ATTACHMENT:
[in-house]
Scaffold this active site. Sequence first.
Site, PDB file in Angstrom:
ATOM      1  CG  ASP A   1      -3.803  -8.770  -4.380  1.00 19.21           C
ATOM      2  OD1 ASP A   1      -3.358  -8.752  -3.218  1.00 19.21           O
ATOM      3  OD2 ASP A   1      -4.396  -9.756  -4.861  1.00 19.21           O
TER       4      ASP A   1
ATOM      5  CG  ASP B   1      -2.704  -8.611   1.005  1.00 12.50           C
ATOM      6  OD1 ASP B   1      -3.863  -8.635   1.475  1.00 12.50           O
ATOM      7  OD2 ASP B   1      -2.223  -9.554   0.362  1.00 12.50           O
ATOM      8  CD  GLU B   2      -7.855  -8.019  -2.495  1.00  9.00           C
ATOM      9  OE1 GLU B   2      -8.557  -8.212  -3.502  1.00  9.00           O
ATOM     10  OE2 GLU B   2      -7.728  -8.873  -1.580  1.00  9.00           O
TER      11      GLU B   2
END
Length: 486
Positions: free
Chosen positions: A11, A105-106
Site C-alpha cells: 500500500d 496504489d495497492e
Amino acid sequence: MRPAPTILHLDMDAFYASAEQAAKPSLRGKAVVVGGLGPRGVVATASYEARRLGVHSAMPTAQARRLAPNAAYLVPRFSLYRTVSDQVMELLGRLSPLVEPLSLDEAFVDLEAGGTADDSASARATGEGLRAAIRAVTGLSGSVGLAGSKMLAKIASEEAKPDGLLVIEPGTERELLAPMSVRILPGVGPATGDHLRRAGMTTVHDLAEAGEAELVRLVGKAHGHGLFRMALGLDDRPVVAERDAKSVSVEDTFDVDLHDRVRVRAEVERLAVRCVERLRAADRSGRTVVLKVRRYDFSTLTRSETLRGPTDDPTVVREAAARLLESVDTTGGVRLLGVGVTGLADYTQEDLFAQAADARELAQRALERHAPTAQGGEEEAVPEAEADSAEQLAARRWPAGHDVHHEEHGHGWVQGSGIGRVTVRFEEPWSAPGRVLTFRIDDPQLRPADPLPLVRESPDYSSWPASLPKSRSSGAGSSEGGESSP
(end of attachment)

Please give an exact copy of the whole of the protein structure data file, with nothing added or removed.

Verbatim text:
[in-house]
Scaffold this active site. Sequence first.
Site, PDB file in Angstrom:
ATOM      1  CG  ASP A   1      -3.803  -8.770  -4.380  1.00 19.21           C
ATOM      2  OD1 ASP A   1      -3.358  -8.752  -3.218  1.00 19.21           O
ATOM      3  OD2 ASP A   1      -4.396  -9.756  -4.861  1.00 19.21           O
TER       4      ASP A   1
ATOM      5  CG  ASP B   1      -2.704  -8.611   1.005  1.00 12.50           C
ATOM      6  OD1 ASP B   1      -3.863  -8.635   1.475  1.00 12.50           O
ATOM      7  OD2 ASP B   1      -2.223  -9.554   0.362  1.00 12.50           O
ATOM      8  CD  GLU B   2      -7.855  -8.019  -2.495  1.00  9.00           C
ATOM      9  OE1 GLU B   2      -8.557  -8.212  -3.502  1.00  9.00           O
ATOM     10  OE2 GLU B   2      -7.728  -8.873  -1.580  1.00  9.00           O
TER      11      GLU B   2
END
Length: 486
Positions: free
Chosen positions: A11, A105-106
Site C-alpha cells: 500500500d 496504489d495497492e
Amino acid sequence: MRPAPTILHLDMDAFYASAEQAAKPSLRGKAVVVGGLGPRGVVATASYEARRLGVHSAMPTAQARRLAPNAAYLVPRFSLYRTVSDQVMELLGRLSPLVEPLSLDEAFVDLEAGGTADDSASARATGEGLRAAIRAVTGLSGSVGLAGSKMLAKIASEEAKPDGLLVIEPGTERELLAPMSVRILPGVGPATGDHLRRAGMTTVHDLAEAGEAELVRLVGKAHGHGLFRMALGLDDRPVVAERDAKSVSVEDTFDVDLHDRVRVRAEVERLAVRCVERLRAADRSGRTVVLKVRRYDFSTLTRSETLRGPTDDPTVVREAAARLLESVDTTGGVRLLGVGVTGLADYTQEDLFAQAADARELAQRALERHAPTAQGGEEEAVPEAEADSAEQLAARRWPAGHDVHHEEHGHGWVQGSGIGRVTVRFEEPWSAPGRVLTFRIDDPQLRPADPLPLVRESPDYSSWPASLPKSRSSGAGSSEGGESSP